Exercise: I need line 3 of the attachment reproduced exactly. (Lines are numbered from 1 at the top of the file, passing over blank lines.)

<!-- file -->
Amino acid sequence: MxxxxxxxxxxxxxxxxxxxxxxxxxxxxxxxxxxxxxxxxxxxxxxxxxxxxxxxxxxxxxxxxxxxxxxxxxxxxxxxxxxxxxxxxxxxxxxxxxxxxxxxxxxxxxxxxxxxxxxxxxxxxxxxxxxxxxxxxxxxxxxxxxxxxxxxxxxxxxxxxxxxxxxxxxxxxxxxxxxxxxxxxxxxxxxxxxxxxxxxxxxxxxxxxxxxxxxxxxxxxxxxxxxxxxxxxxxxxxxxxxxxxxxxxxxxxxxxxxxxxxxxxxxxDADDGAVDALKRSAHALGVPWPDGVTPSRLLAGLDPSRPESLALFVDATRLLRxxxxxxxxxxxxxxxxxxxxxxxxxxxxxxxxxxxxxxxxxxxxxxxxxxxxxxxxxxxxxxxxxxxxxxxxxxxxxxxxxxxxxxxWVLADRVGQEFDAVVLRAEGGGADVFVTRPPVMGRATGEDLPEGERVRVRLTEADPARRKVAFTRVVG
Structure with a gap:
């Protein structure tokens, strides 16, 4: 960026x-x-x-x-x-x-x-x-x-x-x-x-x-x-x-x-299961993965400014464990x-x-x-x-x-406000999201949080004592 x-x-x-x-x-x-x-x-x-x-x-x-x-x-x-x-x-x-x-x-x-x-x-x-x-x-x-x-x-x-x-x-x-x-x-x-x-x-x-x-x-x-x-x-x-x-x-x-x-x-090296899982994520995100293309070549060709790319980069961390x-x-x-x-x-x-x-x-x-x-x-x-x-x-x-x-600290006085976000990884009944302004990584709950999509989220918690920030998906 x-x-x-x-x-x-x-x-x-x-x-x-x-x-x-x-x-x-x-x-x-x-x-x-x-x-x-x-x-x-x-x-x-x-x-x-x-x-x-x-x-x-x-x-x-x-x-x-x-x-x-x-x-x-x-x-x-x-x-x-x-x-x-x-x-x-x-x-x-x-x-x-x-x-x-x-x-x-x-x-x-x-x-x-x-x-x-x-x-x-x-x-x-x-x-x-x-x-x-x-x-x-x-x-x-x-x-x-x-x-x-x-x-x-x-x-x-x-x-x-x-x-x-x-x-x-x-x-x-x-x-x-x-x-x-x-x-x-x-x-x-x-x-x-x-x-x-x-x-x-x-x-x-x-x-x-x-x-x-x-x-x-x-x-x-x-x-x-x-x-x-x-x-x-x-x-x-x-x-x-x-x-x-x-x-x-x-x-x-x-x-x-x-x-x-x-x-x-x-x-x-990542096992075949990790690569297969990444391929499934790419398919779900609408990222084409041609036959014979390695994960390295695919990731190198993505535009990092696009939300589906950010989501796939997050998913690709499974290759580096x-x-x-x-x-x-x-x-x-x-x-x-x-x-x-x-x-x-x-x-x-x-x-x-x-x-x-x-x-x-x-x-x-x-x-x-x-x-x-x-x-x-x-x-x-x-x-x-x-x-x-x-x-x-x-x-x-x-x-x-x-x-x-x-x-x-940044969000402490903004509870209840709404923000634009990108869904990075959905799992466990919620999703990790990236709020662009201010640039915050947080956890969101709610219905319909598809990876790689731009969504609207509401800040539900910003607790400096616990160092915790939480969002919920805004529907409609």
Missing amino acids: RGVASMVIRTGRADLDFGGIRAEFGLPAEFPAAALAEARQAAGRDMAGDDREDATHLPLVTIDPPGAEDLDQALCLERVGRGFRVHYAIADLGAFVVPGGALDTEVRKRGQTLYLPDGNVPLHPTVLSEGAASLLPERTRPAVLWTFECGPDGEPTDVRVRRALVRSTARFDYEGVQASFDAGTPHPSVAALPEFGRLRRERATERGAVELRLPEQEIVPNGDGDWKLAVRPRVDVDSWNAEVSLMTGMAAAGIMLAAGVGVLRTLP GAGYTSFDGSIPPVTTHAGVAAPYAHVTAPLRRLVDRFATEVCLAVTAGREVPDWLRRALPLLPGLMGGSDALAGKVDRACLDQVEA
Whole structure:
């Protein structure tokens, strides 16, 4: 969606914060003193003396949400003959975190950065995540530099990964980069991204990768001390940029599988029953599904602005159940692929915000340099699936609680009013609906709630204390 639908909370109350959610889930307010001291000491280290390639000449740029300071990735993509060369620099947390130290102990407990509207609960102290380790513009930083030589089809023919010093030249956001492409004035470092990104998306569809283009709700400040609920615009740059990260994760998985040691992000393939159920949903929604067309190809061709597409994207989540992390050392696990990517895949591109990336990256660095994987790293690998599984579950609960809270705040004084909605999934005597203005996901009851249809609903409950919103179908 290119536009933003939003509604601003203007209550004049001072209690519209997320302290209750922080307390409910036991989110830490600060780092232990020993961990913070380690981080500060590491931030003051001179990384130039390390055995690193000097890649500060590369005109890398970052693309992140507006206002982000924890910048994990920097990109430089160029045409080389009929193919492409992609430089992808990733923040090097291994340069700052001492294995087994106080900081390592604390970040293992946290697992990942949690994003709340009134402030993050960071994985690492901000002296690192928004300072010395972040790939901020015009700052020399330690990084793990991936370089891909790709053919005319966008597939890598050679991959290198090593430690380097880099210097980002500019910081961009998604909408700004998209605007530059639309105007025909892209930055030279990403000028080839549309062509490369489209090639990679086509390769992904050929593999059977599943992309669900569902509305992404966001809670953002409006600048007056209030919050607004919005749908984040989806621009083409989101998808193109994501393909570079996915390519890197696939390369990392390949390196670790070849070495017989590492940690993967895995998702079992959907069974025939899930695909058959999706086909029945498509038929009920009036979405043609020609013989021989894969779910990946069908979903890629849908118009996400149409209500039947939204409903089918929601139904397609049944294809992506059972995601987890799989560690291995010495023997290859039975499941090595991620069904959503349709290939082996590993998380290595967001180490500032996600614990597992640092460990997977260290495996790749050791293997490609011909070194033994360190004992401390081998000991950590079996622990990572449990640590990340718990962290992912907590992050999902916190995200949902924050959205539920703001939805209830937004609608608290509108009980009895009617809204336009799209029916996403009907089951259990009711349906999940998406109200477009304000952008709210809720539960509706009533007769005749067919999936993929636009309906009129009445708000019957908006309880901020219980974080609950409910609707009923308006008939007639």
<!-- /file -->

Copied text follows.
């Protein structure tokens, strides 16, 4: 960026x-x-x-x-x-x-x-x-x-x-x-x-x-x-x-x-299961993965400014464990x-x-x-x-x-406000999201949080004592 x-x-x-x-x-x-x-x-x-x-x-x-x-x-x-x-x-x-x-x-x-x-x-x-x-x-x-x-x-x-x-x-x-x-x-x-x-x-x-x-x-x-x-x-x-x-x-x-x-x-090296899982994520995100293309070549060709790319980069961390x-x-x-x-x-x-x-x-x-x-x-x-x-x-x-x-600290006085976000990884009944302004990584709950999509989220918690920030998906 x-x-x-x-x-x-x-x-x-x-x-x-x-x-x-x-x-x-x-x-x-x-x-x-x-x-x-x-x-x-x-x-x-x-x-x-x-x-x-x-x-x-x-x-x-x-x-x-x-x-x-x-x-x-x-x-x-x-x-x-x-x-x-x-x-x-x-x-x-x-x-x-x-x-x-x-x-x-x-x-x-x-x-x-x-x-x-x-x-x-x-x-x-x-x-x-x-x-x-x-x-x-x-x-x-x-x-x-x-x-x-x-x-x-x-x-x-x-x-x-x-x-x-x-x-x-x-x-x-x-x-x-x-x-x-x-x-x-x-x-x-x-x-x-x-x-x-x-x-x-x-x-x-x-x-x-x-x-x-x-x-x-x-x-x-x-x-x-x-x-x-x-x-x-x-x-x-x-x-x-x-x-x-x-x-x-x-x-x-x-x-x-x-x-x-x-x-x-x-x-x-990542096992075949990790690569297969990444391929499934790419398919779900609408990222084409041609036959014979390695994960390295695919990731190198993505535009990092696009939300589906950010989501796939997050998913690709499974290759580096x-x-x-x-x-x-x-x-x-x-x-x-x-x-x-x-x-x-x-x-x-x-x-x-x-x-x-x-x-x-x-x-x-x-x-x-x-x-x-x-x-x-x-x-x-x-x-x-x-x-x-x-x-x-x-x-x-x-x-x-x-x-x-x-x-x-940044969000402490903004509870209840709404923000634009990108869904990075959905799992466990919620999703990790990236709020662009201010640039915050947080956890969101709610219905319909598809990876790689731009969504609207509401800040539900910003607790400096616990160092915790939480969002919920805004529907409609």